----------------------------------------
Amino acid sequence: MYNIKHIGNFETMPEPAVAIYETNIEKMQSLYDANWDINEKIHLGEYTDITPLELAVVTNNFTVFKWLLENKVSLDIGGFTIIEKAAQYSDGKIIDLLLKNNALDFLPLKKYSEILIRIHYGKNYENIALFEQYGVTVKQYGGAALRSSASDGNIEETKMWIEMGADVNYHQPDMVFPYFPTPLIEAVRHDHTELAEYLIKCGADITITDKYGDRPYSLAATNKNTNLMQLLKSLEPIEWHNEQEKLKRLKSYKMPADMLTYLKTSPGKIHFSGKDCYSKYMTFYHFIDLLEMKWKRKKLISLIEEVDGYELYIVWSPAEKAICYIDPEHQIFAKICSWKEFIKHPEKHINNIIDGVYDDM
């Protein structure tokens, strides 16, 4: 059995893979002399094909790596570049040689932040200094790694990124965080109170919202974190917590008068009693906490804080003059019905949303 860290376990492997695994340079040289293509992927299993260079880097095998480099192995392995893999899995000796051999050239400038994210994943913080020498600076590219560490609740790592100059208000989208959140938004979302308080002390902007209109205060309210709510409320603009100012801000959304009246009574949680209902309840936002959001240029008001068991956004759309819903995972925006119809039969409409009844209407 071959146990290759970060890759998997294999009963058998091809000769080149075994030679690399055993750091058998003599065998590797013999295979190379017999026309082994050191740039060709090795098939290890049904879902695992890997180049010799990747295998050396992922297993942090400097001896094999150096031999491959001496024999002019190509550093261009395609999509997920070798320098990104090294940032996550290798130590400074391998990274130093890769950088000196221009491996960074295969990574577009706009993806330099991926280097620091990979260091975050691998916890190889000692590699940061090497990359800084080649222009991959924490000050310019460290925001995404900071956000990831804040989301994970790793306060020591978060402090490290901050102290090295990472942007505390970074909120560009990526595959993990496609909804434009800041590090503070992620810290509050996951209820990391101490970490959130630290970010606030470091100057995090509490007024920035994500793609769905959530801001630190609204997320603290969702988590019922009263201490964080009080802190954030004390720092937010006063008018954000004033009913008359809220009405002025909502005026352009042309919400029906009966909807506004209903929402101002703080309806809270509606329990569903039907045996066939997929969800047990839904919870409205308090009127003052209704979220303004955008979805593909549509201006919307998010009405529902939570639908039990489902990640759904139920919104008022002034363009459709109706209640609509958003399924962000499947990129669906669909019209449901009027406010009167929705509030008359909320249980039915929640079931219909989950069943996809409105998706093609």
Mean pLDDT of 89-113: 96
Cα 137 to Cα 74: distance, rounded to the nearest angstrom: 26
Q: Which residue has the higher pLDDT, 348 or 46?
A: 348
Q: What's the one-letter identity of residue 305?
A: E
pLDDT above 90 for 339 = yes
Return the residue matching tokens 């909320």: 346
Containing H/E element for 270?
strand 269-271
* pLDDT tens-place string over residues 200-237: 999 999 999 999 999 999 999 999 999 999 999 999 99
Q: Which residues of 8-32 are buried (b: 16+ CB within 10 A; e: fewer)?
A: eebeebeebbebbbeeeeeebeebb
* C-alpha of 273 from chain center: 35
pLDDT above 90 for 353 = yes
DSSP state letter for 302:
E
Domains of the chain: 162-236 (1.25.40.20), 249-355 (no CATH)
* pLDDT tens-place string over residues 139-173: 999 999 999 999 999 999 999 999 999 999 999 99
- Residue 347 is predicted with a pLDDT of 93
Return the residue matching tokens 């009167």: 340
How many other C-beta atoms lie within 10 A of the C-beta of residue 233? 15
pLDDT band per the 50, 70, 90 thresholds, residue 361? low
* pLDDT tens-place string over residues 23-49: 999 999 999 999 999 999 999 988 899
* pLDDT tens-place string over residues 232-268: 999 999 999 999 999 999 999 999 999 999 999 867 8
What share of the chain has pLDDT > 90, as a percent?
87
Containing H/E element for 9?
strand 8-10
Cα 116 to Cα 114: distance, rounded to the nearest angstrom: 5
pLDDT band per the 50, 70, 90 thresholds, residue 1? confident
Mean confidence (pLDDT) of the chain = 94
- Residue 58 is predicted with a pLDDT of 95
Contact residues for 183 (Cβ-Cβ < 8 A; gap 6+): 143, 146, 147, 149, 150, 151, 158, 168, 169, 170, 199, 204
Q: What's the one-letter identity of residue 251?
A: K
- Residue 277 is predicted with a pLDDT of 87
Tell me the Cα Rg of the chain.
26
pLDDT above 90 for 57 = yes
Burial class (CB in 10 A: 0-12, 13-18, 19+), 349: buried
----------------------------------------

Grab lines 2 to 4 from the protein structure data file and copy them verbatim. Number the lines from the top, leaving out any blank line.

């Protein structure tokens, strides 16, 4: 059995893979002399094909790596570049040689932040200094790694990124965080109170919202974190917590008068009693906490804080003059019905949303 860290376990492997695994340079040289293509992927299993260079880097095998480099192995392995893999899995000796051999050239400038994210994943913080020498600076590219560490609740790592100059208000989208959140938004979302308080002390902007209109205060309210709510409320603009100012801000959304009246009574949680209902309840936002959001240029008001068991956004759309819903995972925006119809039969409409009844209407 071959146990290759970060890759998997294999009963058998091809000769080149075994030679690399055993750091058998003599065998590797013999295979190379017999026309082994050191740039060709090795098939290890049904879902695992890997180049010799990747295998050396992922297993942090400097001896094999150096031999491959001496024999002019190509550093261009395609999509997920070798320098990104090294940032996550290798130590400074391998990274130093890769950088000196221009491996960074295969990574577009706009993806330099991926280097620091990979260091975050691998916890190889000692590699940061090497990359800084080649222009991959924490000050310019460290925001995404900071956000990831804040989301994970790793306060020591978060402090490290901050102290090295990472942007505390970074909120560009990526595959993990496609909804434009800041590090503070992620810290509050996951209820990391101490970490959130630290970010606030470091100057995090509490007024920035994500793609769905959530801001630190609204997320603290969702988590019922009263201490964080009080802190954030004390720092937010006063008018954000004033009913008359809220009405002025909502005026352009042309919400029906009966909807506004209903929402101002703080309806809270509606329990569903039907045996066939997929969800047990839904919870409205308090009127003052209704979220303004955008979805593909549509201006919307998010009405529902939570639908039990489902990640759904139920919104008022002034363009459709109706209640609509958003399924962000499947990129669906669909019209449901009027406010009167929705509030008359909320249980039915929640079931219909989950069943996809409105998706093609």
Mean pLDDT of 89-113: 96
Cα 137 to Cα 74: distance, rounded to the nearest angstrom: 26